We’ve all heard the adage “a dog is for life, not just for Christmas”—a warning against buying a pet you can’t look after.
While some people may be unable to care for a pet for its entire life, some want a companion that will stay by their side for decades. For those people, here are the longest-living pets out there.
If you want a pet for life, a tortoise is one of the best options out there. Many species of tortoise live for over a century, like the Sulcata Tortoise, Leopard Tortoise, or the Egyptian Tortoise––so chances are this critter may even outlive its human owners.
Some tortoises are so old that they’ve even made history books: Lonesome George, for example, was thought to be 100 years old, and was the last surviving Giant Tortoise on Pinta Island, in the Galápagos Islands.
While Giant Tortoises do live the longest and are frequently kept as pets, their smaller cousins might make better companions––after all, some giant tortoise species can grow to be up to 4 feet long. Smaller species, like the Hermann’s Tortoise, have a life expectancy of 50 to 90 years and are commonly kept as household pets.
The speed of life with a tortoise is, admittedly, slow. For those wanting excitement and amusement from their long-living pet, a Parrot might be the answer.
For those that want a chatty companion for life, Parrots are perfect. African Grey Parrots have an expected lifespan of 30 to 50 years. One of the oldest in captivity was called Tarbu, thought to be the oldest pet parrot in the world. Aged 55, he chirped his last word to his owner: “Cheerio!”
There are few animals as majestic as a horse––the animal that has accompanied mankind into battles and across continents for decades.
Horses might be high maintenance, needing a large amount of space, food, and care. The expected lifespan for a horse, however, is 25 to 30 years, making it a great option for someone looking for a friend to adventure with.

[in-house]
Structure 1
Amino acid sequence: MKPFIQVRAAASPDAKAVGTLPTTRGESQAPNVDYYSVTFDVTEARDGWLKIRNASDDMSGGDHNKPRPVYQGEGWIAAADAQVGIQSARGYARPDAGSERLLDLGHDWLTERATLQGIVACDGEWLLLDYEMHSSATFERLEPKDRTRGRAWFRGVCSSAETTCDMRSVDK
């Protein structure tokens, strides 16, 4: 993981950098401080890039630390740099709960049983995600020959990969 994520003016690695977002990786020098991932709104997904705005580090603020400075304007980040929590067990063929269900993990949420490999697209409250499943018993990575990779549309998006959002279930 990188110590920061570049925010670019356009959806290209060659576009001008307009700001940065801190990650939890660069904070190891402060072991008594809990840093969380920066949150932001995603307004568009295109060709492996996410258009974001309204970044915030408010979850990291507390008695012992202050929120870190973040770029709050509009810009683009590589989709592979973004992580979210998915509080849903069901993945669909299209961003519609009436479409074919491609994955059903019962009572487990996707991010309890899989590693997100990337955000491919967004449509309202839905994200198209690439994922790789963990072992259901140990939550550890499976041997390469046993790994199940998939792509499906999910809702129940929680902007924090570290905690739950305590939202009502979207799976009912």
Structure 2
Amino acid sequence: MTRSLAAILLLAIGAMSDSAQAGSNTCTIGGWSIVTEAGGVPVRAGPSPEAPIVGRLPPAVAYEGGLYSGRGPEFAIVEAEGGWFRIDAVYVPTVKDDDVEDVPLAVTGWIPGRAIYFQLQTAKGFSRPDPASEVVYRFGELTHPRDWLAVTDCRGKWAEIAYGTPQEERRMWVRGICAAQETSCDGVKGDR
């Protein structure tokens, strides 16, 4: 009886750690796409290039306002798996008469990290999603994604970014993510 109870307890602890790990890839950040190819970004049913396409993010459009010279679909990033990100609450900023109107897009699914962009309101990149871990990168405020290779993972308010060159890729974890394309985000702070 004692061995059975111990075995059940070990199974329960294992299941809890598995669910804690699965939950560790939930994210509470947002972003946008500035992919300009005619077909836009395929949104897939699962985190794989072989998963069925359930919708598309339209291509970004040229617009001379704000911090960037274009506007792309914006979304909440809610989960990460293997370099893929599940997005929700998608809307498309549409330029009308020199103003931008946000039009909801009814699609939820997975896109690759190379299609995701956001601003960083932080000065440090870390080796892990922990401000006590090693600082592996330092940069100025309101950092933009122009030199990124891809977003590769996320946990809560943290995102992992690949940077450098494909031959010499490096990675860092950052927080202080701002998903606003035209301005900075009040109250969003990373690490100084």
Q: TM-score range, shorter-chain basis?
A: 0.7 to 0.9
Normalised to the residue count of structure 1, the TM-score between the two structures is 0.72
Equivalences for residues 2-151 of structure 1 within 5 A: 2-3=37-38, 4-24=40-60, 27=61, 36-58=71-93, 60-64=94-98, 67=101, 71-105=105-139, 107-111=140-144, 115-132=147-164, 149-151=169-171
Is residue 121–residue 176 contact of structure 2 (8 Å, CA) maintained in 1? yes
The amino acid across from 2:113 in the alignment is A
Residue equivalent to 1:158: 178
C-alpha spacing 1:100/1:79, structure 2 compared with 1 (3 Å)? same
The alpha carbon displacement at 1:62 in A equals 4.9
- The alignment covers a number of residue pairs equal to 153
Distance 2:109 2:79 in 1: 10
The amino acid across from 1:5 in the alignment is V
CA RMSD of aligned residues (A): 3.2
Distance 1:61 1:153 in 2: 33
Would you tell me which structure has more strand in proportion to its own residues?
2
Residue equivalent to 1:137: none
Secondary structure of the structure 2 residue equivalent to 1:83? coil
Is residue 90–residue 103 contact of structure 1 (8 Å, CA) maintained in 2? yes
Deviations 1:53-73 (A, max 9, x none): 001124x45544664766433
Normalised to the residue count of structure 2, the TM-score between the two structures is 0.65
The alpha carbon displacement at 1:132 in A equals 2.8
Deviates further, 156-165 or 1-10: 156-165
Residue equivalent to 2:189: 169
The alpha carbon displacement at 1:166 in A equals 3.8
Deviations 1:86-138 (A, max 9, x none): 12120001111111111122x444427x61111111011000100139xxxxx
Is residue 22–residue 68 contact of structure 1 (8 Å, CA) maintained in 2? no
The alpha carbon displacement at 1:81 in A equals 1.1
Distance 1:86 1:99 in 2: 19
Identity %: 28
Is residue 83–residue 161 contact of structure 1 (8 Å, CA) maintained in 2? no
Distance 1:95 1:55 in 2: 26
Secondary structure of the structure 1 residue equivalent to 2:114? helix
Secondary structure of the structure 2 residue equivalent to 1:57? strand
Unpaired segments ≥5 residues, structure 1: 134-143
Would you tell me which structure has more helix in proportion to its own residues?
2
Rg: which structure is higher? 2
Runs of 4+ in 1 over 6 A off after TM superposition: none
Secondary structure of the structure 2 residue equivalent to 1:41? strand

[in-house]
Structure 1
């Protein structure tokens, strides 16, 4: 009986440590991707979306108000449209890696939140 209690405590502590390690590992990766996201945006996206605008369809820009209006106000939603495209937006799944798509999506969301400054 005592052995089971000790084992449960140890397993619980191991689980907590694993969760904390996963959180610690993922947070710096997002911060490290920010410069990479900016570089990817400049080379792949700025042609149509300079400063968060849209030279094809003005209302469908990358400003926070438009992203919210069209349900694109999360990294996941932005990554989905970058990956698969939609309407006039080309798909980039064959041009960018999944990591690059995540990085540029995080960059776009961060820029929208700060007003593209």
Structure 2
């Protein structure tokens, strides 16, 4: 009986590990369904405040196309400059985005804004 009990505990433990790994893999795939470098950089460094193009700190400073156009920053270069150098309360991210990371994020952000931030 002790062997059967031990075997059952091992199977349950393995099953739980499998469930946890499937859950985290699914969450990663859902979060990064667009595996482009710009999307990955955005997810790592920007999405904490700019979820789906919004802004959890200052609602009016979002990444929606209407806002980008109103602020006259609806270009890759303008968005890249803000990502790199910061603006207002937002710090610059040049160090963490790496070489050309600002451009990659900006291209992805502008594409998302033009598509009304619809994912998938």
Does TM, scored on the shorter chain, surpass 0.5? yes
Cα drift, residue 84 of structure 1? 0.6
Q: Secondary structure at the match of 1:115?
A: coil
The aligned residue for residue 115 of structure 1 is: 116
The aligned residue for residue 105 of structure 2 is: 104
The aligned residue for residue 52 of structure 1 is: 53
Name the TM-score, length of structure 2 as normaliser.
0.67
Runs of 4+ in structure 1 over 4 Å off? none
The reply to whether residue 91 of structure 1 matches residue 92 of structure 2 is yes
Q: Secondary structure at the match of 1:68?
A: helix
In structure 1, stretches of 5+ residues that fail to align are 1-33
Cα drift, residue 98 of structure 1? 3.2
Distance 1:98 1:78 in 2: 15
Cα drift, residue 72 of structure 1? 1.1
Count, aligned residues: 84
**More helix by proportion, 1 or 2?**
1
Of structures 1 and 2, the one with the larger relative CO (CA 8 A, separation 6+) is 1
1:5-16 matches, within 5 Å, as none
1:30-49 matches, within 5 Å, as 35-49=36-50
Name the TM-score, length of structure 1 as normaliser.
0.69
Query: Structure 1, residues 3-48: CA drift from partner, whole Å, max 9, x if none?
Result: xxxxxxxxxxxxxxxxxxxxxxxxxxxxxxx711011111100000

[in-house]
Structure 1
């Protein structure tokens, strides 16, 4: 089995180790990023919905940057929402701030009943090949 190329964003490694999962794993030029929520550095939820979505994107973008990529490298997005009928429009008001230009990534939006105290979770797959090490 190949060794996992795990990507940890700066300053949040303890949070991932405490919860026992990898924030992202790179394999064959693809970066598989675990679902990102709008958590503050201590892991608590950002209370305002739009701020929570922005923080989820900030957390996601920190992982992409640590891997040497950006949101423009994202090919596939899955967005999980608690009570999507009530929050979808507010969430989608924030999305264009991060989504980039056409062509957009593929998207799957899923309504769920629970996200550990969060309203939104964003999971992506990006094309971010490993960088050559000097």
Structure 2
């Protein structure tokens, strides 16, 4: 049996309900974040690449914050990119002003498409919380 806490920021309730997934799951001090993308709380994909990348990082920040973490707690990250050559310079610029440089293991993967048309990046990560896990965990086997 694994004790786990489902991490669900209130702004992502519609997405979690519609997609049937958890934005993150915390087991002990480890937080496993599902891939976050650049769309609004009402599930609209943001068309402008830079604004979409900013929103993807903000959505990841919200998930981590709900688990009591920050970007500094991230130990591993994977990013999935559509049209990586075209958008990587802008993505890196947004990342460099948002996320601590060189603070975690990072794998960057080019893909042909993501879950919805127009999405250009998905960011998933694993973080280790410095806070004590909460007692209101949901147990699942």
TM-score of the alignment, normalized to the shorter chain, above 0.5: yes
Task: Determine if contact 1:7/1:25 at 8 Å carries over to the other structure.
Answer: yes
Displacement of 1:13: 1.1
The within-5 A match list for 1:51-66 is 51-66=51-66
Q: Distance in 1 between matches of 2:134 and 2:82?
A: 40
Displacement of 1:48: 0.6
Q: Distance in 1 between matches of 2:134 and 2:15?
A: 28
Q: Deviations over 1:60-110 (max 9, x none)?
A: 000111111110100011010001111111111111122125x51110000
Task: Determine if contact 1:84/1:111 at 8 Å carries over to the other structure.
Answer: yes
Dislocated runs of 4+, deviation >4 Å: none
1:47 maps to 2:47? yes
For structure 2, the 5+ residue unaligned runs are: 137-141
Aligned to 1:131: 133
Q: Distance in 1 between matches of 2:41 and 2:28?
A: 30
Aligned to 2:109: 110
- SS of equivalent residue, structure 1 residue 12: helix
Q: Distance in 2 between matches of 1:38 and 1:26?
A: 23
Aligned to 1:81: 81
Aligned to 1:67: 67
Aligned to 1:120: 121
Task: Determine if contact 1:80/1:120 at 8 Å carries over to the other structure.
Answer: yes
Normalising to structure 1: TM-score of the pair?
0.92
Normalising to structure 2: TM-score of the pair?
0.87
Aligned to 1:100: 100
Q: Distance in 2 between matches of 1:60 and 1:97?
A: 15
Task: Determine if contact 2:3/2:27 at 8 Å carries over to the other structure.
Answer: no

4. Koi Fish
Koi Fish are native to Japan and commonly orange, or white with orange or red markings. These fish have an average lifespan of 15 years outside of Japan.
However, when living in Japan, Koi Fish can live up to 40 years. This difference in life expectancy is thought to be because of the harsh Japanese winters. During the colder months, Koi Fish hibernate, doing so for less time in warmer climates. This extra hibernation time is thought to increase their lifespans.
The oldest ever Koi fish, called Hanako, was reportedly a jaw-dropping 226 years of age. Hanako, whose name means “flower girl” in Japanese, was born in 1751, making her the longest-ever living freshwater fish on record.
Geckos make great pets and are found on every continent apart from Antarctica. They commonly eat fruits, flower nectar, and insects and can store food in the fat in their tails, for times when food is scarce. Geckos come in all colors and shapes
The common House Gecko has an expected lifespan of 5 years. But the colorful Leopard Gecko, aptly named due to its Leopard-like spots, has an average lifespan of 15 years. Male Leopard Geckos outlive their female counterparts, with a life expectancy of 15 to 20 years compared to 10 to 15 years for a female.
6. Umbrella Cockatoo
The Umbrella Cockatoo originates from the Northern Islands in Indonesia. The bird is known for doing charming tricks, like saying simple phrases, mimic shaking hands or waving its feet on command.
Named for their unique umbrella-shaped head-crest, Umbrella Cockatoos can live to 70 or 80 years of age in captivity and with the right care. Some live for far longer, like Duster, the 89-year-old cockatoo who lives in Florida. Duster was born in 1925, meaning the bird lived through the Great Depression and World War II.
7. Box Turtle
Box Turtles are the most common type of turtle found in the wild and are found in the eastern part of the United States. They have classic dappled brown shells with yellow or orange markings, and their average life expectancy is 25 to 35 years.
Some Box Turtles have been known to live to 100-years-old. They’re not the most low-maintenance pet, though. They should be kept outdoors in a relatively warm climate and should be kept in an area with a shallow body of water, like a pond.